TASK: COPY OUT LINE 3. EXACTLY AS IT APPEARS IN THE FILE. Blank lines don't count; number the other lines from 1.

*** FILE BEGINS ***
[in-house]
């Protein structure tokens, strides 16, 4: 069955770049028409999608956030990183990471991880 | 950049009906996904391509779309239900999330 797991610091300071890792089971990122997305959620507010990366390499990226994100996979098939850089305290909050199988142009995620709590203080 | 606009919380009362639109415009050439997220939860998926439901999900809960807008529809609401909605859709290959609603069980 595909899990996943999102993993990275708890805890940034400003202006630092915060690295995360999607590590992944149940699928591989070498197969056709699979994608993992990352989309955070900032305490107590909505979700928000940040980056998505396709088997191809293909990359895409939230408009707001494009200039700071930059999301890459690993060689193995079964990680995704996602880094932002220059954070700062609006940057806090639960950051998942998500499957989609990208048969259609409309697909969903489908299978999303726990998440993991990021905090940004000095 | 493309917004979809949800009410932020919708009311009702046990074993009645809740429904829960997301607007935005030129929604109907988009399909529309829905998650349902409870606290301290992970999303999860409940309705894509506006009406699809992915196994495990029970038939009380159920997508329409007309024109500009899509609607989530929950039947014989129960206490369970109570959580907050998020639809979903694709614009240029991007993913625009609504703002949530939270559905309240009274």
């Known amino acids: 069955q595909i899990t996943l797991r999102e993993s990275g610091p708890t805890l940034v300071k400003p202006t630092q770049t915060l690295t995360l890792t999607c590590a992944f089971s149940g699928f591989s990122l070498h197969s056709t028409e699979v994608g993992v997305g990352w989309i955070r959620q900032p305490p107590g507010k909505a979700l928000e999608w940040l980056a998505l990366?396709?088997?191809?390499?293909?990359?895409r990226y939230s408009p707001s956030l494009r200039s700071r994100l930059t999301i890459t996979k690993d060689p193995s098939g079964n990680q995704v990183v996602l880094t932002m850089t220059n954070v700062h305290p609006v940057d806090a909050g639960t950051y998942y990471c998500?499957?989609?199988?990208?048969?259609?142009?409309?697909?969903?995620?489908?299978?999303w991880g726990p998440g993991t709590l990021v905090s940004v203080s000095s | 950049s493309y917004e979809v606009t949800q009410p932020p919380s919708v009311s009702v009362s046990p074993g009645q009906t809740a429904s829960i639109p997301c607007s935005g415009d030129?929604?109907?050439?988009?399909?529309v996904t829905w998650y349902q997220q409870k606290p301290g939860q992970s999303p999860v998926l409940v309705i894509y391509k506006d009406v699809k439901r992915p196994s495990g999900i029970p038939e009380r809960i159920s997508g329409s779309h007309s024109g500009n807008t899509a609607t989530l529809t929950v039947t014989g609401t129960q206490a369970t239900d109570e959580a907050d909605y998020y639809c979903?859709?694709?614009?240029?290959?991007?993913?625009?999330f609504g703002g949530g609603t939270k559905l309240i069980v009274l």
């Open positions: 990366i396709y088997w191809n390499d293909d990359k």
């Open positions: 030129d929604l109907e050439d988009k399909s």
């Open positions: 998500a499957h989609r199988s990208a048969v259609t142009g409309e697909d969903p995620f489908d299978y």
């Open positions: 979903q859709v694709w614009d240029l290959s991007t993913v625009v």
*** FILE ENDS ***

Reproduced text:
């Known amino acids: 069955q595909i899990t996943l797991r999102e993993s990275g610091p708890t805890l940034v300071k400003p202006t630092q770049t915060l690295t995360l890792t999607c590590a992944f089971s149940g699928f591989s990122l070498h197969s056709t028409e699979v994608g993992v997305g990352w989309i955070r959620q900032p305490p107590g507010k909505a979700l928000e999608w940040l980056a998505l990366?396709?088997?191809?390499?293909?990359?895409r990226y939230s408009p707001s956030l494009r200039s700071r994100l930059t999301i890459t996979k690993d060689p193995s098939g079964n990680q995704v990183v996602l880094t932002m850089t220059n954070v700062h305290p609006v940057d806090a909050g639960t950051y998942y990471c998500?499957?989609?199988?990208?048969?259609?142009?409309?697909?969903?995620?489908?299978?999303w991880g726990p998440g993991t709590l990021v905090s940004v203080s000095s | 950049s493309y917004e979809v606009t949800q009410p932020p919380s919708v009311s009702v009362s046990p074993g009645q009906t809740a429904s829960i639109p997301c607007s935005g415009d030129?929604?109907?050439?988009?399909?529309v996904t829905w998650y349902q997220q409870k606290p301290g939860q992970s999303p999860v998926l409940v309705i894509y391509k506006d009406v699809k439901r992915p196994s495990g999900i029970p038939e009380r809960i159920s997508g329409s779309h007309s024109g500009n807008t899509a609607t989530l529809t929950v039947t014989g609401t129960q206490a369970t239900d109570e959580a907050d909605y998020y639809c979903?859709?694709?614009?240029?290959?991007?993913?625009?999330f609504g703002g949530g609603t939270k559905l309240i069980v009274l």